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The danger in Apple’s iPhone pricing strategy

(Source: www.marketwatch.com)

Apple Inc. generally saves the best features for its top-of-the-line devices, but this year its cheapest new model is looking especially good.

The company on Wednesday unveiled three new iPhones: The iPhone XR, a cheaper, LCD version of the iPhone X starting at $749; the iPhone XS, an enhanced version of the iPhone X beginning at $999; and the iPhone XS Max, a large-screen version of the X starting at $1,099. Apple will likely continue to draw interest for its most expensive phone from hard-core fans, but the iPhone XR might prove surprisingly popular in a way that Apple

AAPL, -1.24%

 hasn’t seen with the launch of low-end phones.

Don’t miss: Everything Apple just announced at its iPhone event

Paying between $1,099 and $1,449 for a phone sounds a little crazy, but the iPhone XS Max caters to a specific kind of Apple consumer. The device boasts a 6.5-inch screen — the largest ever for an iPhone — a new 512 GB storage configuration and a large battery that provides up to 90 minutes more juice when compared with the iPhone X.

A year ago, Apple launched three phones starting at $699, $799, and $999. This year’s lineup features phones beginning at $749, $999, and $1,099. That’s not a very big jump for the lowest-tier new phone, but it’s a massive jump for the middle-of-the-pack option for a phone that’s not a whole lot better than the one below it. It’s not so clear who the iPhone XS caters to, and Apple risks cannibalization of that device by the cheaper iPhone XR.

Like its predecessor, the XS offers an edge-to-edge OLED screen, facial recognition, a dual camera and 3D Touch. The iPhone XR offers an edge-to-edge LCD screen, facial recognition, a single camera that can still take portrait-mode and bokeh pictures, and haptic feedback that gives users a sense of feedback in lieu of full-on 3D Touch.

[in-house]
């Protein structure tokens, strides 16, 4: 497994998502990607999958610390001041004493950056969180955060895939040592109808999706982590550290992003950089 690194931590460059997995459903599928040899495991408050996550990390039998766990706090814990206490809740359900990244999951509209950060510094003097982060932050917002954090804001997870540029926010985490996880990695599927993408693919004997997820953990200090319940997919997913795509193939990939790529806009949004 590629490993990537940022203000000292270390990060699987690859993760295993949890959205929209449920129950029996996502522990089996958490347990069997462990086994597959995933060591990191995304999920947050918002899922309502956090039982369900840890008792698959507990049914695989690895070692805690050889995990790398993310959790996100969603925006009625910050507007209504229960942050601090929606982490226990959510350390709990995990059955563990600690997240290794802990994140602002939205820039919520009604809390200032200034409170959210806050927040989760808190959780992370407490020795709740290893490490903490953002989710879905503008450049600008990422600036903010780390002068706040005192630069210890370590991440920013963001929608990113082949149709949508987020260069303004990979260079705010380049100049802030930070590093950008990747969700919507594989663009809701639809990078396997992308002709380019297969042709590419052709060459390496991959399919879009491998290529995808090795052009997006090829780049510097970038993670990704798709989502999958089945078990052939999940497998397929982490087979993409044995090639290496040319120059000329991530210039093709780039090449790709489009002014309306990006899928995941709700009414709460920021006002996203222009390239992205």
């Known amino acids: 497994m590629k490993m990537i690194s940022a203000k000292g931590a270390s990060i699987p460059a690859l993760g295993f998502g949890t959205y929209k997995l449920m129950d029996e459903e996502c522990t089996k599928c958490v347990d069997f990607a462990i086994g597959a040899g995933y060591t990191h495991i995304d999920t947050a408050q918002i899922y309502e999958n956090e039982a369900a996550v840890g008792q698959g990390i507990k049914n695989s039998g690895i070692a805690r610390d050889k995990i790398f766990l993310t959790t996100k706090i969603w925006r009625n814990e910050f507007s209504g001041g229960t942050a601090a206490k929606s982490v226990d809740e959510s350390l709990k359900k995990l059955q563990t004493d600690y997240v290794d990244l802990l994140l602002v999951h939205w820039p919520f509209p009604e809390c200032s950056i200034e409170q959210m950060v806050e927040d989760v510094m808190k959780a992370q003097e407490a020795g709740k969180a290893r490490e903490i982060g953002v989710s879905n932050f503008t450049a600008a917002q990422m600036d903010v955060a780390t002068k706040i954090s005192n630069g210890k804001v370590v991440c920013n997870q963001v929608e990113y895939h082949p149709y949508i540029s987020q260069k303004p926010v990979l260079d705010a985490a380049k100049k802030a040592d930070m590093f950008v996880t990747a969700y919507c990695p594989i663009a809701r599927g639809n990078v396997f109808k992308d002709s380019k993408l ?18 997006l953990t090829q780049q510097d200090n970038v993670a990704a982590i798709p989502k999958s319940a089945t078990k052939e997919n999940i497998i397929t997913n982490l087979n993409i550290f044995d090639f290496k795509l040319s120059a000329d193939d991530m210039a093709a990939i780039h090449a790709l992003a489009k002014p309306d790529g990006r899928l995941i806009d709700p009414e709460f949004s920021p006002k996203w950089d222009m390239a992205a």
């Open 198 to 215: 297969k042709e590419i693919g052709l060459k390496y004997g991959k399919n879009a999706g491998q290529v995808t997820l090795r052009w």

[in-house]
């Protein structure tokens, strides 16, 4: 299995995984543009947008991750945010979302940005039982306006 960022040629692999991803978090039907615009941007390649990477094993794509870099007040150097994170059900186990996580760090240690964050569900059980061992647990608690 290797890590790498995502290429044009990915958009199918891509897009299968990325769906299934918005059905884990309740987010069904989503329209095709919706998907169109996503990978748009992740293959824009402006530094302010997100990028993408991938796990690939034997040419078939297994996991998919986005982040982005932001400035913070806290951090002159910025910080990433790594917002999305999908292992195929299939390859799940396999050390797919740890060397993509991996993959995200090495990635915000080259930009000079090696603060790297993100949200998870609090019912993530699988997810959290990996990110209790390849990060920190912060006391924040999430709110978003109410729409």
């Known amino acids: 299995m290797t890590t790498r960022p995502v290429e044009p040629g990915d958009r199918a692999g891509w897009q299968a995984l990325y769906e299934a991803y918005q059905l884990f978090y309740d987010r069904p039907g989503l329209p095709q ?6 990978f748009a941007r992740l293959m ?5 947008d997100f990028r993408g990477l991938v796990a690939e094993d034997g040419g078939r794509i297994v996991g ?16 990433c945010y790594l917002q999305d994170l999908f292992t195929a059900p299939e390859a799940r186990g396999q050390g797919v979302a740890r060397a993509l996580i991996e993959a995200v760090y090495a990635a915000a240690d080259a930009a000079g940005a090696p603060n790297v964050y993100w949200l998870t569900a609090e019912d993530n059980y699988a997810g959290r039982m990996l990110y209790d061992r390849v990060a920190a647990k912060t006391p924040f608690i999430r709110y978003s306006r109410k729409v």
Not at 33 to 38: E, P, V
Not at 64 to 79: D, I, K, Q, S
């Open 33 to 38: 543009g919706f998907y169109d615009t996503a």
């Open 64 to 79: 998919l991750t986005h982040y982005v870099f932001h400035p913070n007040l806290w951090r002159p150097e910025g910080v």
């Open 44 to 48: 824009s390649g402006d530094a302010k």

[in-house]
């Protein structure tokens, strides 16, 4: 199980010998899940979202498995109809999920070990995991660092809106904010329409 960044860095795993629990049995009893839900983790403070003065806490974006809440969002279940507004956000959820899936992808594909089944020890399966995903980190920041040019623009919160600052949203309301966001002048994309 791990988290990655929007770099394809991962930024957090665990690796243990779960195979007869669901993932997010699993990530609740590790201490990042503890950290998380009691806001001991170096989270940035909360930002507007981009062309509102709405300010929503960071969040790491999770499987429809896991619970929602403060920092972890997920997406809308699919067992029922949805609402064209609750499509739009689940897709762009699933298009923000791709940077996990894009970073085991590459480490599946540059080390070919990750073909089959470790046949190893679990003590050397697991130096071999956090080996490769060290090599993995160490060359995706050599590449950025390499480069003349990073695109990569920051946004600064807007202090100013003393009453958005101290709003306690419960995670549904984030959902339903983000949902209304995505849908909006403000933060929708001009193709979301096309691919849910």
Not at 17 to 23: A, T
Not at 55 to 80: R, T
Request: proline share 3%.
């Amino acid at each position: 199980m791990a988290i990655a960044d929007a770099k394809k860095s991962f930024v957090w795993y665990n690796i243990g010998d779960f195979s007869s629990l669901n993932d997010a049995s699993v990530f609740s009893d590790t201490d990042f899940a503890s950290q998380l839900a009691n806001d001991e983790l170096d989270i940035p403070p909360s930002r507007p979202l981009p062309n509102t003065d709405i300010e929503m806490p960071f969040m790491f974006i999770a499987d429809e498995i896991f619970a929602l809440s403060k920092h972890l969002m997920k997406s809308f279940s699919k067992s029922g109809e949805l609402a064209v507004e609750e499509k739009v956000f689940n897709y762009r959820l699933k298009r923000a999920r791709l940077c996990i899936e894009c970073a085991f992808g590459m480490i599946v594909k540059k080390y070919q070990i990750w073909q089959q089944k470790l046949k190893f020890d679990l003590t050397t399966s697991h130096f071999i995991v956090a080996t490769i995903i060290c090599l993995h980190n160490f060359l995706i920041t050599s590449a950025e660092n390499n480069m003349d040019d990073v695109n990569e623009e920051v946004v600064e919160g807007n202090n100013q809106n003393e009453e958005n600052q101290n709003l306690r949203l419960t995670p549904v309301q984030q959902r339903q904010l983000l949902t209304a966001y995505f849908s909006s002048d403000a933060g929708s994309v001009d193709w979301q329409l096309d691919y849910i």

See also: Fitbit stock sinks upon announcement of Apple Watch Series 4

For many iPhone consumers, the presence of TouchID and the difference between LCD and OLED might not be very noticeable — nor worth an additional $250.

Both phones make use of Apple’s fancy new A12 Bionic chip, which the company said is the industry’s first 7-nanometer chip, so consumers would be getting faster processing and advanced features in either device. While the iPhone XS comes in silver, gold, and space gray, the XR comes in a number of more fun color options, which are potentially attractive to certain users.

Apple

Apple’s iPhone XR comes in yellow, blue, coral, black, white, and a Product Red option.

Read: There’s now a $1,000 gulf between Apple’s cheapest and most expensive iPhones

Apple has devised a winning strategy in the past year when it comes to the pricing of its phone, but the company may have deviated from it just now by making the iPhone XR too attractive.

The company has been able to make up for the fact that smartphone users are upgrading their devices at a slower rate by improving its “mix” — in other words, the company has been able to sell fewer devices for more money and reap handsome profits. The iPhone XR, though, could potentially hurt mix. It costs less than the iPhone 8 Plus and could lure a good chunk of customers away from the new iPhone XS by offering nearly identical features at a way better value. For context, the phone’s starting price of $749 is about what analysts expect the company’s overall iPhone average selling price to be this year and next.

The company will continue to sell the iPhone 7, starting at $449, as well as the iPhone 8, starting at $599, but it looks to be killing off the iPhone SE and 6S.

Don’t miss our live blog and recap from the Apple event

When it comes to shoppers looking for iPhones in the new line, Apple may end up seeing more consumers flocking to its lowest-priced new phones than in the past. The question is whether the company can make up for that through the ever-higher price of the top-tier model as well as what appears to be an effective price increase for the cheapest iPhone you can buy directly from Apple.

Apple shares closed down 1.2% in Wednesday’s session, though they’re up 37% over the past 12 months. The Dow Jones Industrial Average

DJIA, +0.11%

, of which Apple is a component, is up 18% in that time.

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